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* Word reached the national Mod office that low flying manoeuvres had been planned in Lochaber by the MoD during Mod week. Contact was made with RAF Leuchars who were extremely co-operative when they discovered what a Mod is! Albeit not in Gaelic, a call came from the Ministry of Defence headquarters in London assuring there would be no interference from low-flying aircraft during Mod week!
* There was a touch of tartan in Fort William Sheriff Court, with the kilted and robed Procurator Fiscal, Jim MacGillivray, ready to set off for the Mod as soon as the day’s legal proceedings were completed.
* There is no truth in the assertion members of Lochyside Gaelic Choir are going to learn ‘Land of Hope and Glory’ in the Gaelic in time for next year’s Mod. Apparently, the Caol choristers are getting ‘wider still, and wider’, through eating far too much of the tablet made by David Maitland, their indefatigable conductor-come-candyman.
* Quote of Mod week came from An Comunn president Donald John MacIver. Asked by the press if the Bardic Crown was to be reinstated, he replied, ‘No’! Urged to expand on that Mr MacIver said: ‘No-o-o-o!’
- Well-known broadcaster and writer Neville Garden made his mark at the Mod. He was assigned to cover the event as experienced by a non-Gael. With a huge smile he said: ‘At last I’ve had an invitation to ‘come into the Mod garden’.’
* The council’s Lochaber House lift was in limbo again during the Mod reception after a redoubtable member of the local press corps was held captive inside it. This caused a lot of mirth. But then the vice chairwoman of the council also found herself in a state of suspended animation inside the lift. So no doubt in the future, there will be positive council action to counter the ups and downs of Mod week.
* In case you thought we had suddenly had a change of policemen and policewomen on the beat, I should mention the new faces and feet patrolling the High Street this week are members of the specially drafted in ‘Mod Squad of Gaels’. And they’ve been doing a fine PR job on behalf of Northern Constabulary in their temporary posting.
* A large group of youngsters, all members of a rural primary school choir, proceeded along the High Street on Tuesday morning. Going for a soft drink and a scone, perhaps? Or for a cultural visit to the West Highland Museum or the Old Fort? Maybe to view, from the outside, the all-weather centre? No. They were all making a beeline for Woolworths!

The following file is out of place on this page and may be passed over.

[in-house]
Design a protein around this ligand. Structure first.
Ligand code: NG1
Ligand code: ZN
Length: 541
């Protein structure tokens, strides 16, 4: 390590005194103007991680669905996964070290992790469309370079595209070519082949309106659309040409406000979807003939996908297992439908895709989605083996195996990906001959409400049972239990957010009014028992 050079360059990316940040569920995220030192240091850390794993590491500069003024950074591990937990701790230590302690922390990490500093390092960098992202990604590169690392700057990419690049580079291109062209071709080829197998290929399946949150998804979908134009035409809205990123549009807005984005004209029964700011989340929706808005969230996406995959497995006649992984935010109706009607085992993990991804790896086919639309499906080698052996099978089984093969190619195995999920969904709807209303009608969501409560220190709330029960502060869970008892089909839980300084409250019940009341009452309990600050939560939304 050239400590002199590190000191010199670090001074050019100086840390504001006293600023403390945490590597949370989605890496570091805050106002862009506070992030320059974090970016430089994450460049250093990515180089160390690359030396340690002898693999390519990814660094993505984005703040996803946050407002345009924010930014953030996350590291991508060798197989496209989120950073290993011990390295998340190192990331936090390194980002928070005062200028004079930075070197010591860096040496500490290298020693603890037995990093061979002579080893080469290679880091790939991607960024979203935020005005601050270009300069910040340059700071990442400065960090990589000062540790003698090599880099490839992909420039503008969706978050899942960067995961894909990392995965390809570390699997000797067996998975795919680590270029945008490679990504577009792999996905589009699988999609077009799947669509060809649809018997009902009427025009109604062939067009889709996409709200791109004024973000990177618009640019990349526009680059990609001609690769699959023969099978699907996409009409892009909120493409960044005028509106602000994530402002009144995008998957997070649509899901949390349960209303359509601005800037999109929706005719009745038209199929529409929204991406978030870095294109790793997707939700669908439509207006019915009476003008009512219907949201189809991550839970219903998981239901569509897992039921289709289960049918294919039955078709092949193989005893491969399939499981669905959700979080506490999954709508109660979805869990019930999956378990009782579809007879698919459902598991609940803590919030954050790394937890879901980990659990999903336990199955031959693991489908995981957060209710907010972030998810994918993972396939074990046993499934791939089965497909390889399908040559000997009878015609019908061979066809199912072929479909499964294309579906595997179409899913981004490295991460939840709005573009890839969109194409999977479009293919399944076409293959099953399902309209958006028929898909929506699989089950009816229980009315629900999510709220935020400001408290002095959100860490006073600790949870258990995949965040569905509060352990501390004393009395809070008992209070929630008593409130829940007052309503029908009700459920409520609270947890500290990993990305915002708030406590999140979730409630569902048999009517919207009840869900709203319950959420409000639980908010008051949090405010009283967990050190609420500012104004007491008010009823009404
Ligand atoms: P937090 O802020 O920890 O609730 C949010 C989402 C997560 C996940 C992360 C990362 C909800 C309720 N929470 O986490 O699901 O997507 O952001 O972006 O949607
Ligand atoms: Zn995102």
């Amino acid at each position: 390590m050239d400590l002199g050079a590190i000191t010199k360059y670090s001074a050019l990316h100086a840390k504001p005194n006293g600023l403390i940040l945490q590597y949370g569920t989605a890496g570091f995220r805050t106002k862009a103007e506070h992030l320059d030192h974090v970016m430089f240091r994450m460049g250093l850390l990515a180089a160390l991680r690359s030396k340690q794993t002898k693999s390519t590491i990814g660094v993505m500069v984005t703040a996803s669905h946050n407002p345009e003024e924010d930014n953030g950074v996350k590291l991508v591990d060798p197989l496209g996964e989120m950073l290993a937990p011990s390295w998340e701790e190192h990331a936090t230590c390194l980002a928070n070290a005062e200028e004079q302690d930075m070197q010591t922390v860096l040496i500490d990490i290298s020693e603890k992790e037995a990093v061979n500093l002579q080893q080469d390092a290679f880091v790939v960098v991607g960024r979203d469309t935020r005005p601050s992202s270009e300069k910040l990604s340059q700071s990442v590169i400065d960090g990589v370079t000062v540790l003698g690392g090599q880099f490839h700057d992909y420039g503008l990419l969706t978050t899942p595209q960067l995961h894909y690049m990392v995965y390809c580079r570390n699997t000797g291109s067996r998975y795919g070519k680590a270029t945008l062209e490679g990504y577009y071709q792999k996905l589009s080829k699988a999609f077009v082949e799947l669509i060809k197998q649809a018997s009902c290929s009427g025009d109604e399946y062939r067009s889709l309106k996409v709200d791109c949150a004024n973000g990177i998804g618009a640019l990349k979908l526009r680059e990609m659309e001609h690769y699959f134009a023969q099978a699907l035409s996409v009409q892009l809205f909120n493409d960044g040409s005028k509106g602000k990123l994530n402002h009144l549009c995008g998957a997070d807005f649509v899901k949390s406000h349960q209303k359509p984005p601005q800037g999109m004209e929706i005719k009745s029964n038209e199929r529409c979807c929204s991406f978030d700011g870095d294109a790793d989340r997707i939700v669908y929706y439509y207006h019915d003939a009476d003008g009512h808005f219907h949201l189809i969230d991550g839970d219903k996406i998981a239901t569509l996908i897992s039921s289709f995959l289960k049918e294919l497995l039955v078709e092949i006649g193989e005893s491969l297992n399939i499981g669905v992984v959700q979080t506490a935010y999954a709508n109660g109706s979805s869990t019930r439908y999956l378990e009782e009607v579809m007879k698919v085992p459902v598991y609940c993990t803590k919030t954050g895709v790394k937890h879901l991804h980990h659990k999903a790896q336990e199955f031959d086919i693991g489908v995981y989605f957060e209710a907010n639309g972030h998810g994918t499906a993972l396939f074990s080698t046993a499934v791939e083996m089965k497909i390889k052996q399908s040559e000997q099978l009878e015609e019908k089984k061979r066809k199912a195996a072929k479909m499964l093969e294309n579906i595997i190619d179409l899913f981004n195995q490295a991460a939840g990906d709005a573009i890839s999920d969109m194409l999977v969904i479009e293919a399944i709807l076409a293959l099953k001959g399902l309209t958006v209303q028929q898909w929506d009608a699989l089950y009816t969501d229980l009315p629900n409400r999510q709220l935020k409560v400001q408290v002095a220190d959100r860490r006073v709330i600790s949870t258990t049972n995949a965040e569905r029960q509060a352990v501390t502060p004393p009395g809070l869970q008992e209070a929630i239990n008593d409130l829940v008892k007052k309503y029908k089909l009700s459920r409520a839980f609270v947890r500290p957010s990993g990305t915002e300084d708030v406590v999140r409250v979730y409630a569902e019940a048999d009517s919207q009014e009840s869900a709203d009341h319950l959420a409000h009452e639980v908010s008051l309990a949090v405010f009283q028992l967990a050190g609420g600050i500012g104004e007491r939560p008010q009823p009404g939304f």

* Two kilted islanders came in to our West Highland News Agency office in Monzie Square. ‘Is the hairdresser’s upstairs open’? asked one of them. ‘Sorry, there’s no barber upstairs, it’s an insurance office,’ said I. This was met with: ‘Well, can you cut our hair for us?’ The reply was: ‘Aye, if your sgian dhus are sharp enough.’ The island men left in disarray, but with directions to locate the town’s several salons.
* Plenty of revellers emerged, bleary-eyed, into the dawn of Saturday. The time was, in fact, 5.40am!
* Earlier in the week, after a ceilidh or two, a few Mod-goers spotted the police Mod Squad in the wee small hours. ‘Any chance of getting B&B at the police station’? they queried. Came the reply, in the Gaelic, of course: ‘Sorry, our guests stay in the cells for a minimum of a week.’
* At the end of the week, Mr MacIver paid tribute to the excellent ‘An Gearasdan Friendly Mod’ which, he enthused, will be remembered as one of the most memorable in the history of the event. In particular, he gave high praise to the Mod Lochaber committee, Lochaber High School and Lochaber District Council. And he was delighted ‘the only week of summer we’ve had in 1985 should coincide with the Mod’!
* Finally, an extract from the An Comunn Gaidhealach 1985 press information pack which mentions the 1932 National Mod in Fort William. Many Lochaber locals will know the story which has been highlighted and handed down since. It goes like this: ‘In 1932, rain almost stopped play. Those who attended remembered more vividly than anything else, the deafening sound of the deluge – including hailstones – on the corrugated iron roof of Marshall & Pearson’s Garage in Fraser Square which was doubling as a civic hall for the Mod.’